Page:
February was very much a month of two halves for the markets. During the first half, investors were focused on interest rate hikes that would be delivered by the US Federal Reserve (Fed), Bank of England (BoE) and the European Central Bank (ECB) over the coming months and years. Expectations ramped up quickly due to a consensus building that central banks would look to get inflation under control at the cost of dampening growth. Inevitably, this led to continued outperformance of 'value' over 'growth' styles that we had seen since the start of the year until the mid-point of the month. The focus on interest rate hikes subsided quickly as markets were then absorbed by the threat of conflict in Ukraine. Given the uncertain and unstable geopolitical and macroeconomic situation, equity markets, as well as the fund, had a tough time.

Our first take on the ramifications of the conflict between Russia and Ukraine is that Western economies would increasingly cut ties with Russia and sanctions would be imposed, and Western governments did swiftly impose sanctions. Likewise, companies across the developed world sought to shutter Russian operations or stop delivery of their products and services to the country. Given that Russia supplies 13% of global crude oil production, 17% of natural gas production and nearly 10% of global wheat, the largest consequence of this conflict has been that commodity prices have rallied strongly. Most notably, Brent oil ended the month above $100 per barrel and European natural gas has risen 15% during the month. The knock-on effect of these moves, especially as finding a quick replacement for the Russian output is difficult, leaves us to conclude that both households and companies will see energy prices remain higher for longer. On the former, we continue to believe that households will, as we have written in the past, be more selective in deciding where they spend their hard-earned money. We remain of the view that the prioritisation of spend will stay on those activities/things that people were restricted from doing due to the COVID pandemic – notably travelling. For companies, higher energy prices will mean further increasing prices for products. Given the inflationary and troubled supply chain environment we have been living in for the past 18 months, passing on prices has been easier than in the past due to customers being desperate and companies trying to fulfil buoyant demand. However, we have recently become more concerned about those companies we hold in the fund where energy is a large portion of costs and the potential of demand destruction from ever increasing prices. What will matter now is the companies we hold showing they have true pricing power and offsetting what is likely to be another year of cost inflation with pricing.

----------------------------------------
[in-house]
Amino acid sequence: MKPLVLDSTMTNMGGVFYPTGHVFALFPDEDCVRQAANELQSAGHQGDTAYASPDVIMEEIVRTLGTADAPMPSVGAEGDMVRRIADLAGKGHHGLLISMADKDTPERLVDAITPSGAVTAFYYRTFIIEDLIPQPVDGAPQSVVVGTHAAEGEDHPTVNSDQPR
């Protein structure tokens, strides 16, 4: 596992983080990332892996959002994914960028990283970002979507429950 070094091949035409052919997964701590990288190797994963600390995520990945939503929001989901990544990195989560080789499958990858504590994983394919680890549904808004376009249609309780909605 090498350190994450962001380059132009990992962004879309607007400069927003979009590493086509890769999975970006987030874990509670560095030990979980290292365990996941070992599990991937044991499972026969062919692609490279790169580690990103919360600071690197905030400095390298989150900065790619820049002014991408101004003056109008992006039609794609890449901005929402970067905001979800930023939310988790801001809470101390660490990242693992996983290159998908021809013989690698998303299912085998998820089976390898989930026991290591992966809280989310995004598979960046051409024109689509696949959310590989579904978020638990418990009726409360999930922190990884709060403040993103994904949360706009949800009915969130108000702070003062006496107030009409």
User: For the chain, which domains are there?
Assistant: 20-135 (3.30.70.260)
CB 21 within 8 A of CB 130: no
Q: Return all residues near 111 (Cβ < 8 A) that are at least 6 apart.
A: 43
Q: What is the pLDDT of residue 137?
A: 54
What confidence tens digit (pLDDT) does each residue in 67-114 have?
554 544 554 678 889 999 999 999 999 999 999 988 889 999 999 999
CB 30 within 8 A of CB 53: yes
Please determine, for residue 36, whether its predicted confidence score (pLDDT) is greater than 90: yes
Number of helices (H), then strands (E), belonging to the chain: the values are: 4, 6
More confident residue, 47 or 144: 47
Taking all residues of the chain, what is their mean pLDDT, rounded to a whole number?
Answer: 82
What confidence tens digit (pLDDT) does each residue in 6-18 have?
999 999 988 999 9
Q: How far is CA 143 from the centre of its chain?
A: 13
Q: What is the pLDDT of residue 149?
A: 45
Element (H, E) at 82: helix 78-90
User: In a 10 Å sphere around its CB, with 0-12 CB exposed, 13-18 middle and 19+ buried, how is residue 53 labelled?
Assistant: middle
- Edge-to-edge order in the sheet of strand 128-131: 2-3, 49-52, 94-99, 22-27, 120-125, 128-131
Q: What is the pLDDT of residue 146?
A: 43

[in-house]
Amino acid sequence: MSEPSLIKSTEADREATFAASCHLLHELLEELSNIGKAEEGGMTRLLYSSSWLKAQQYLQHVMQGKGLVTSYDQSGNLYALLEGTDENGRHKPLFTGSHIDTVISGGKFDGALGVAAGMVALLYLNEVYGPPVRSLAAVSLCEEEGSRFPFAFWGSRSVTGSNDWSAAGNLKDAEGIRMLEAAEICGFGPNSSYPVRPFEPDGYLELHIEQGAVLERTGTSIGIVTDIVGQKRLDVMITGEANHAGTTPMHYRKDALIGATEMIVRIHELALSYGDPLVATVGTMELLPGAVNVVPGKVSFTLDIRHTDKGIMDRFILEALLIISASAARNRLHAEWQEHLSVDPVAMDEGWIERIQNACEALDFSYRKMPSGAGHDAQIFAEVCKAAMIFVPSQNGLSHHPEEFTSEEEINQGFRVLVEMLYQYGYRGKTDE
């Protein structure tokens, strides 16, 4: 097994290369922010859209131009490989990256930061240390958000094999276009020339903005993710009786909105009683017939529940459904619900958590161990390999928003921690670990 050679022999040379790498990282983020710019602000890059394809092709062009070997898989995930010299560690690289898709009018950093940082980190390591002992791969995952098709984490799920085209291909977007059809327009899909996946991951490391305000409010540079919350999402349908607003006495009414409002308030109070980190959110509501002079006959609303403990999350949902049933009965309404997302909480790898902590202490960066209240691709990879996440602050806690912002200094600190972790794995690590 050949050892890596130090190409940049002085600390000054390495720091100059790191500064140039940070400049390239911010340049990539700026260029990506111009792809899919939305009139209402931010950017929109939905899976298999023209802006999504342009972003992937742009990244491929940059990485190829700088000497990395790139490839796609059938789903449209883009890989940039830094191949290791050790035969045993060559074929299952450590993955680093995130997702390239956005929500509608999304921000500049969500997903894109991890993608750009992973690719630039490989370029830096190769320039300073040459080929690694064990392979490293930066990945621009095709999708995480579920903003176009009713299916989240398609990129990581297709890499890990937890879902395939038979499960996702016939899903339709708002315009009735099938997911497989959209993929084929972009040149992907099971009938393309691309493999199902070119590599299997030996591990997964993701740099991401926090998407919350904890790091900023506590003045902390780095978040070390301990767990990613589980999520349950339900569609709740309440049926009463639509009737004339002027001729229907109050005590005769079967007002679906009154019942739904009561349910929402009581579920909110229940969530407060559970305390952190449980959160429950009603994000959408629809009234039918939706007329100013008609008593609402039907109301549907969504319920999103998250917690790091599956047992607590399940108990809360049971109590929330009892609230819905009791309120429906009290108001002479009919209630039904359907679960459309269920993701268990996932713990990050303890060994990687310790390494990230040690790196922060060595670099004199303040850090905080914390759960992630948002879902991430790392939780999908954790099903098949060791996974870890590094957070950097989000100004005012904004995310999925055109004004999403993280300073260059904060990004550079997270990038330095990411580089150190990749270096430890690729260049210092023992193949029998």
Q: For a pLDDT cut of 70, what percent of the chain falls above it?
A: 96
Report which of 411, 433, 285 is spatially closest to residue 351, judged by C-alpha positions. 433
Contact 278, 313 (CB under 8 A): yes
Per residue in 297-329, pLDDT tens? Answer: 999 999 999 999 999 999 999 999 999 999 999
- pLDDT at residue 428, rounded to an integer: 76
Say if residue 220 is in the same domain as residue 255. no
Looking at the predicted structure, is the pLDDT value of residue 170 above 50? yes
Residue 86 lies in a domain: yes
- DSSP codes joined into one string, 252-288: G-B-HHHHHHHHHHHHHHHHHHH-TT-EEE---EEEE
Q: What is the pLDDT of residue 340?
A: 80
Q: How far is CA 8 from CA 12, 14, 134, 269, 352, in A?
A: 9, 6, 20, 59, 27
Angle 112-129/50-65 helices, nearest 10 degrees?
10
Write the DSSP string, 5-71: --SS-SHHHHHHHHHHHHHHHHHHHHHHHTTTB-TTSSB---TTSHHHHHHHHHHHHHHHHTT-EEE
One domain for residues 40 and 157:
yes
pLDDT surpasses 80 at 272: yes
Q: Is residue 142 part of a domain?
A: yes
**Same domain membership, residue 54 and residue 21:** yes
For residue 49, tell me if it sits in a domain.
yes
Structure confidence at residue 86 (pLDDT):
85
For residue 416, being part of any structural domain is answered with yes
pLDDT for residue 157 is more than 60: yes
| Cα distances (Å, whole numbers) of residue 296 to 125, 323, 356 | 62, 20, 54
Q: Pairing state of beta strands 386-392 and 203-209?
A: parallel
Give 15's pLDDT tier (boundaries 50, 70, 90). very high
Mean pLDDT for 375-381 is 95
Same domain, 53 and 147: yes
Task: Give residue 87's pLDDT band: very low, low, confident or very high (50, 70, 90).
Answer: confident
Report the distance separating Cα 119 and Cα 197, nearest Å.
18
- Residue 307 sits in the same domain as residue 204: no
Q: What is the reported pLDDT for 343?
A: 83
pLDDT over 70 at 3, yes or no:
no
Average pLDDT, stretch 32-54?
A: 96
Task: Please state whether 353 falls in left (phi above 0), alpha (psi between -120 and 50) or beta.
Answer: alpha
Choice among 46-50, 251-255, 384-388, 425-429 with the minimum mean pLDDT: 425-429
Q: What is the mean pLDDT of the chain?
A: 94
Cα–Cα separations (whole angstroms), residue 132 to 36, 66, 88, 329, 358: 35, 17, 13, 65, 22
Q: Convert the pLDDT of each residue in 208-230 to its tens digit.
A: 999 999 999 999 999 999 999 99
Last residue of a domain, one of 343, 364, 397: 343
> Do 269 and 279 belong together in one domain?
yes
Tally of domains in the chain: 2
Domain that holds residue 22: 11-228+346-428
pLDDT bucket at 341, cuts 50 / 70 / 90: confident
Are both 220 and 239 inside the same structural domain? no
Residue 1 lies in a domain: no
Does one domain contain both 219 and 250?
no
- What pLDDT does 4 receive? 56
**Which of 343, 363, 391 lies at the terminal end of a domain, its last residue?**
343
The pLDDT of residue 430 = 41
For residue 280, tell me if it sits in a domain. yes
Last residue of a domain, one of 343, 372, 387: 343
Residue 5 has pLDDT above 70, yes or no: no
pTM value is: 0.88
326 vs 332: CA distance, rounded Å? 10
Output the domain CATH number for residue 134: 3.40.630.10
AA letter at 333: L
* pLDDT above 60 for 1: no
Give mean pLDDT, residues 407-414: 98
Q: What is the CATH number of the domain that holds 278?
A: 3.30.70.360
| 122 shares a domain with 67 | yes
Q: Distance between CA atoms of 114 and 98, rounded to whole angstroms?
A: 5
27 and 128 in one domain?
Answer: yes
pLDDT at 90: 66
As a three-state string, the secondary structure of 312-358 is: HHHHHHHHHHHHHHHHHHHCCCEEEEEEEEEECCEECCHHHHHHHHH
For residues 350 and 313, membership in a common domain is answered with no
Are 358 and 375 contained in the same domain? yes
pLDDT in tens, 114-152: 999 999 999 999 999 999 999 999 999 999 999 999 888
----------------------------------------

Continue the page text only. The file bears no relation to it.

Given our views, recent activity has been focused on our consumer-facing and energy intensive holdings. We decided to close our position in the Spanish clothing retailer Inditex and top up holdings in companies exposed to any travel recovery, such as Airbus and Amadeus. We trimmed our exposure to companies with large energy exposure, such as Holcim and Linde. In the second half of the month, as interest rate expectations cooled, we also reduced our position in select banks. We continued to build positions in companies that we had initiated in January such as Solvay and BESI.